The Society of Homeopaths aims to publish within seven working days of a decision the names of those members in respect of whom it has investigated allegations and found the allegations to be well founded. It will also publish alongside the finding both the section(s) of the Code of Ethics and Practice of which they were found to be in breach, and the steps (if any) taken by the Adjudication Panel in respect of the member so named.
Orders imposed by the Adjudication Panel have been made to:
- Fulfil the Society’s role to protect members of the public
- Maintain public confidence in the profession of homeopathy
- Uphold the standards and conduct expected of Members
What the orders mean
Formal First Warning (F) – A member if given a formal warning which will remain on their file for a specified time agreed by the Panel.
Action Plan (A) – The member should agree upon an action plan to improve practice with the Professional Conduct Officer. Checks will ensure that the action plan is then followed.
Interim Suspension Order (I) – An allegation is serious enough for the member to be suspended pending an investigation and the outcome of the case.
Conditions of Practice (C) – conditions have been imposed on the member’s practice to enable him/her to take steps to remedy any deficiencies in their practice. Restrictions may be placed on the types of work that they may undertake. Conditions of practice judgements are sometimes imposed where there is evidence of incompetence or significant shortcomings in a member’s practice, but where the Committee is satisfied that there is potential for the member to respond positively to re-training and supervision.
Suspension (S) – the Panel has ordered that the member may not practise as a member of the Society of Homeopaths for a specified period of time. During this time he/she forgoes all rights and privileges of Society membership.
Termination (T) – this is the most severe sanction. The individual is no longer a member of the Society of Homeopaths.
Indicative Sanctions click here
Adjudication Panel decisions
This section contains details of homeopaths who have recently been the subject of a decision by either the Preliminary Investigation Panel or the Adjudication Panel and the sanction imposed. The committee has the power to issue a formal first warning and create an action plan, impose conditions of practice, suspend the homeopath’s registration for a set period, or permanently remove the homeopath’s name from the Register.
|Homeopath’s name||Registration number||Order/s||Order/s|
|Trevor Gunn||491||C||An Adjudication Panel was convened on 24th November 2014 to hear a complaint that had been brought by the Society of Homeopaths against Trevor Gunn RSHom. The complaint was partly upheld and the Panel found that Mr Gunn’s behaviour had breached the Code of Ethics and Practice in respect of the following Sections.|
|Section 1 – Key principles for practice:
s1.4 Work to foster and maintain the trust of individual patients and the public.
Section 6 – Practice Issues
s59 Where the conduct of any registered, or student clinical member may have an adverse impact on their reputation as a homeopath and or the reputation of homeopathy such matters may be brought to the attention of the Professional Conduct Committee for their consideration.The Panel recommended that Trevor Gunn’s interim suspension order should be lifted. That as a condition of Mr Gunn’s continued membership of The Society he should;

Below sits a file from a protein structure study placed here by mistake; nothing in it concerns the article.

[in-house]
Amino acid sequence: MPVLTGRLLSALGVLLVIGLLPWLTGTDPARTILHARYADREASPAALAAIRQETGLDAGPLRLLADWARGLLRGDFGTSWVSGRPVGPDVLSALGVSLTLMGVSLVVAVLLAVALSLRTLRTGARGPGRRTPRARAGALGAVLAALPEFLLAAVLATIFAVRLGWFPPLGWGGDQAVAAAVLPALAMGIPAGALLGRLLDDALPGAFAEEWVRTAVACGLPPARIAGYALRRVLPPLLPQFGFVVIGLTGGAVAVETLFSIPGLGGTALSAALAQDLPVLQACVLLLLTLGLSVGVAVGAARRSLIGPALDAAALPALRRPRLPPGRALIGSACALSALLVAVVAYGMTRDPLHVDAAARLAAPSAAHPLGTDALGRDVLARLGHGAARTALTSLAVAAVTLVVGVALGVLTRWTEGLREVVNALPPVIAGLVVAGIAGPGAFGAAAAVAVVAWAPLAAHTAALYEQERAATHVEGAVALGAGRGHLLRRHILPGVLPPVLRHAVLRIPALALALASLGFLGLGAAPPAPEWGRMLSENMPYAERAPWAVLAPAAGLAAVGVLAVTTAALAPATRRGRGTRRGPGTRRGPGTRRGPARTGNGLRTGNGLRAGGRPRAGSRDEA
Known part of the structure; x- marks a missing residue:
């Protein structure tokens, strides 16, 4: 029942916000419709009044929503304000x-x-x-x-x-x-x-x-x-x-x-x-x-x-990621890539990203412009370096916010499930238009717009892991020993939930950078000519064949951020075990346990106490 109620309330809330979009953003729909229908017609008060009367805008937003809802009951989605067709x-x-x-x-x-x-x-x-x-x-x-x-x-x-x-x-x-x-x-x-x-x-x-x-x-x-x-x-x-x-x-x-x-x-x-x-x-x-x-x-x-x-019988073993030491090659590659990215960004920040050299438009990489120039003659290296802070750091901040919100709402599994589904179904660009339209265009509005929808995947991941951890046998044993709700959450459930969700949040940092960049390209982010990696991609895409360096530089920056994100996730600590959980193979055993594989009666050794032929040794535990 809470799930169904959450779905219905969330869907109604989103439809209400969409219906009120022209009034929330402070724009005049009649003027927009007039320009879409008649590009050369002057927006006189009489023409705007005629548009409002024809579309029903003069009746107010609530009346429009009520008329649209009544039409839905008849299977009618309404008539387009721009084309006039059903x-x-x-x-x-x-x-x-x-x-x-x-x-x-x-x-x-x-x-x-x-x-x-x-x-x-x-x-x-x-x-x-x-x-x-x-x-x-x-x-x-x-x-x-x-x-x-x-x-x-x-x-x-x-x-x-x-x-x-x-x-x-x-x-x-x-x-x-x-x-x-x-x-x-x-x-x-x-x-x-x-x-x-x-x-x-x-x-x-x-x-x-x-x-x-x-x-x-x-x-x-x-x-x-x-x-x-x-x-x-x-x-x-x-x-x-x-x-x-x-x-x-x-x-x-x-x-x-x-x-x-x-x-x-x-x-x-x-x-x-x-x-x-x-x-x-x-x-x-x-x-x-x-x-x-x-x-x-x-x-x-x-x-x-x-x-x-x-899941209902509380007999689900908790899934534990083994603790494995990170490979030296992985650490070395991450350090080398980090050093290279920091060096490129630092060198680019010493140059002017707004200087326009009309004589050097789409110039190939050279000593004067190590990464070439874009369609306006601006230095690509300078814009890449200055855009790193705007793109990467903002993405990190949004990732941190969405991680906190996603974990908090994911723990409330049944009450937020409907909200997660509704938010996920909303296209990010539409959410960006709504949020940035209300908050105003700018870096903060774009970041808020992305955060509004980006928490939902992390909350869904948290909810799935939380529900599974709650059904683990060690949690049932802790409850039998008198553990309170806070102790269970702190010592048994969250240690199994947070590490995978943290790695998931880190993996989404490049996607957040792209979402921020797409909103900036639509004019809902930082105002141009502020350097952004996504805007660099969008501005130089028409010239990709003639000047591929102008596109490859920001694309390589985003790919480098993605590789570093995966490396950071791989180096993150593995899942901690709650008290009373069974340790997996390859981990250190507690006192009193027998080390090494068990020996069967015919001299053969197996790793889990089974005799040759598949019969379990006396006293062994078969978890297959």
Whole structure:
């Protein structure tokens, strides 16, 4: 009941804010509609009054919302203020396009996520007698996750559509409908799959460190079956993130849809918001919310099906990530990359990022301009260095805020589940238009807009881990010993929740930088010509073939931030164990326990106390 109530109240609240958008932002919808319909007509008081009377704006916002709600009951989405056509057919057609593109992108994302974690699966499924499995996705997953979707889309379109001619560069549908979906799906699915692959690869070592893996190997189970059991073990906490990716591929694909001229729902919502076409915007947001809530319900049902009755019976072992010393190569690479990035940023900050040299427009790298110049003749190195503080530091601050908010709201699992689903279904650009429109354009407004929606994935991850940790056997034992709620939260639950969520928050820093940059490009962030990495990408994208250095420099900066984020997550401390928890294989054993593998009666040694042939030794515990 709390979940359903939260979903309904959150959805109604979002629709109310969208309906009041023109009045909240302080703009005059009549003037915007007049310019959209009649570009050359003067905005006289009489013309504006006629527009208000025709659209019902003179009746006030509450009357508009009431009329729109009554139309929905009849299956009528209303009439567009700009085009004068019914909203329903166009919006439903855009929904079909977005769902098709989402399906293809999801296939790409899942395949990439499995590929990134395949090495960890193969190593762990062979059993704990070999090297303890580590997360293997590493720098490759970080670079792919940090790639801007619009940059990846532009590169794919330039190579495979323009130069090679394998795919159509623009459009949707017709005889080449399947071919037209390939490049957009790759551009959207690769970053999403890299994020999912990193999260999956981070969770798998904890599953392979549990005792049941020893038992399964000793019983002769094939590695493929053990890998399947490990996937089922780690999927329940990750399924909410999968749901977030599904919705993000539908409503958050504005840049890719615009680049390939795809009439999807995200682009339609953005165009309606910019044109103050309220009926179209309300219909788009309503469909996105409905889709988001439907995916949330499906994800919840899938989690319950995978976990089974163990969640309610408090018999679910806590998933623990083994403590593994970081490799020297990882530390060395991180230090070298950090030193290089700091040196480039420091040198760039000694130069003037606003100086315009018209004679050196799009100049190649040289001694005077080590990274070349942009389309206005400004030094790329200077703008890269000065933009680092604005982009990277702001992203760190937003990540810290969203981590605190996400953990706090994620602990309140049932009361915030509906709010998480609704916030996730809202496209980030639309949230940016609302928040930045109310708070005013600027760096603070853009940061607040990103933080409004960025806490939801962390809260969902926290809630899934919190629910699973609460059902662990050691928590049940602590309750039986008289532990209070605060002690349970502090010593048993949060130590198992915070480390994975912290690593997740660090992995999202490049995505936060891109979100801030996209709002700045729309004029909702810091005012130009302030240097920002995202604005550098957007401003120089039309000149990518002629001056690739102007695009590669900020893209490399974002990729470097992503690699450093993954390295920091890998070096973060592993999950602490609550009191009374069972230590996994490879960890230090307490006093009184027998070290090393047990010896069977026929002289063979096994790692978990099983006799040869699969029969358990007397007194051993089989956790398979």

Mr Gunn should inform the chair of the Panel, of the name of the supervisor he intends to see by the end of January 2015. The supervisor should be selected from the list of supervisors approved by The Society.
|Carole Ingram||2007||T||An Adjudication Panel was convened on 21st May 2014 to hear a complaint that had been brought by a member of the public against Carole Ingram RSHom. The complaint was upheld and the Panel found that Ms Ingram’s treatment of the complainant’s son had breached the Code of Ethics and Practice in respect of the following Sections:|
|Key principles for practice:
s1.7 Comprehensively record any history the patient may give and the advice and treatment the registered or student clinical member has provided.s1.8Provide comprehensive clear and balanced information to allow patients to make informed choices.s1.15 Practise in accordance with the Core Criteria for Homeopathic Practice and the Complementary and Natural Healthcare National Occupational Standards for Homeopathy.
Consent: s3 Where another therapy is offered, they must inform the patient prior to treatment about the other therapy and indicate their relevant qualifications, registration with any relevant registering body and adherence to a separate Code of Conduct. Consent should be obtained for every component of treatment before commencement.The Respondent failed to follow:CORE CRITERION 3:“Affective Awareness” The monitoring, understanding and effective management of the emotional state of oneself and others.The Panel felt that the following paragraphs of the Complementary and Natural Healthcare National Occupational Standards for Homeopathy 2011 (CNHNOS) needed to be considered in their decision:1.This allows the practitioner to consider whether it is appropriate to offer the service to the client, the type of service that should be offered and any required modifications to that service.
1.1 - The concept of health and well-being that is consistent with the practice, principles and theory underlying your discipline
1.3 – How the client’s previous and present care may affect their health and well-being in relation to your discipline
1.7 – How to select and use different methods for exploring clients’ needs
1.9 - The potential risks (relevant to your discipline) of various courses of action for the client
1.16 – The procedures for record keeping in accordance with legal and professional requirements2 – Develop and agree plans for complementary and natural healthcare with clients
2.1 – The range, purpose and limitations of different methods or approaches which may be used for clients’ individual needs
2.2 – How to determine the most appropriate method(s) for different clients and their particular needs